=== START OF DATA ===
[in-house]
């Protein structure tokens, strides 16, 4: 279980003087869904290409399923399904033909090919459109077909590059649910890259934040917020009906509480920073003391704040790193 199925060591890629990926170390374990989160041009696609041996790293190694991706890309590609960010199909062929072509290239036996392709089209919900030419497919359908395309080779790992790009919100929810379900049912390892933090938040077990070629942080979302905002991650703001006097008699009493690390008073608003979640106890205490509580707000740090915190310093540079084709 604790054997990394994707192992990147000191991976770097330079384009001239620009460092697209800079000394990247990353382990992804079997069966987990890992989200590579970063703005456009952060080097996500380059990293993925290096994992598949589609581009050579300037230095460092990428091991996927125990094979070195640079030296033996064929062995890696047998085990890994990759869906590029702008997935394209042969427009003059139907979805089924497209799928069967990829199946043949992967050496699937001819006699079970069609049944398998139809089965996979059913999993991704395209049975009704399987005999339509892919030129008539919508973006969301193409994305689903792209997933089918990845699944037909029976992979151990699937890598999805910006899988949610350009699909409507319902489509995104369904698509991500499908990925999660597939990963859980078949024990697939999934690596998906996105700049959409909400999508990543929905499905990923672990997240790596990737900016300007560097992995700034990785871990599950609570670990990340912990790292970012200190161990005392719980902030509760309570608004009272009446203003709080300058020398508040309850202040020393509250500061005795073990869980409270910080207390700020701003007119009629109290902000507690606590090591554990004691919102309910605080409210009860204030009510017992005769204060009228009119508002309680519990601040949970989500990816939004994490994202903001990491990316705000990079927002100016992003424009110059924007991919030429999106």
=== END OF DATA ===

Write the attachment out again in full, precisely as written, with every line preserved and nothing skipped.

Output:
[in-house]
């Protein structure tokens, strides 16, 4: 279980003087869904290409399923399904033909090919459109077909590059649910890259934040917020009906509480920073003391704040790193 199925060591890629990926170390374990989160041009696609041996790293190694991706890309590609960010199909062929072509290239036996392709089209919900030419497919359908395309080779790992790009919100929810379900049912390892933090938040077990070629942080979302905002991650703001006097008699009493690390008073608003979640106890205490509580707000740090915190310093540079084709 604790054997990394994707192992990147000191991976770097330079384009001239620009460092697209800079000394990247990353382990992804079997069966987990890992989200590579970063703005456009952060080097996500380059990293993925290096994992598949589609581009050579300037230095460092990428091991996927125990094979070195640079030296033996064929062995890696047998085990890994990759869906590029702008997935394209042969427009003059139907979805089924497209799928069967990829199946043949992967050496699937001819006699079970069609049944398998139809089965996979059913999993991704395209049975009704399987005999339509892919030129008539919508973006969301193409994305689903792209997933089918990845699944037909029976992979151990699937890598999805910006899988949610350009699909409507319902489509995104369904698509991500499908990925999660597939990963859980078949024990697939999934690596998906996105700049959409909400999508990543929905499905990923672990997240790596990737900016300007560097992995700034990785871990599950609570670990990340912990790292970012200190161990005392719980902030509760309570608004009272009446203003709080300058020398508040309850202040020393509250500061005795073990869980409270910080207390700020701003007119009629109290902000507690606590090591554990004691919102309910605080409210009860204030009510017992005769204060009228009119508002309680519990601040949970989500990816939004994490994202903001990491990316705000990079927002100016992003424009110059924007991919030429999106």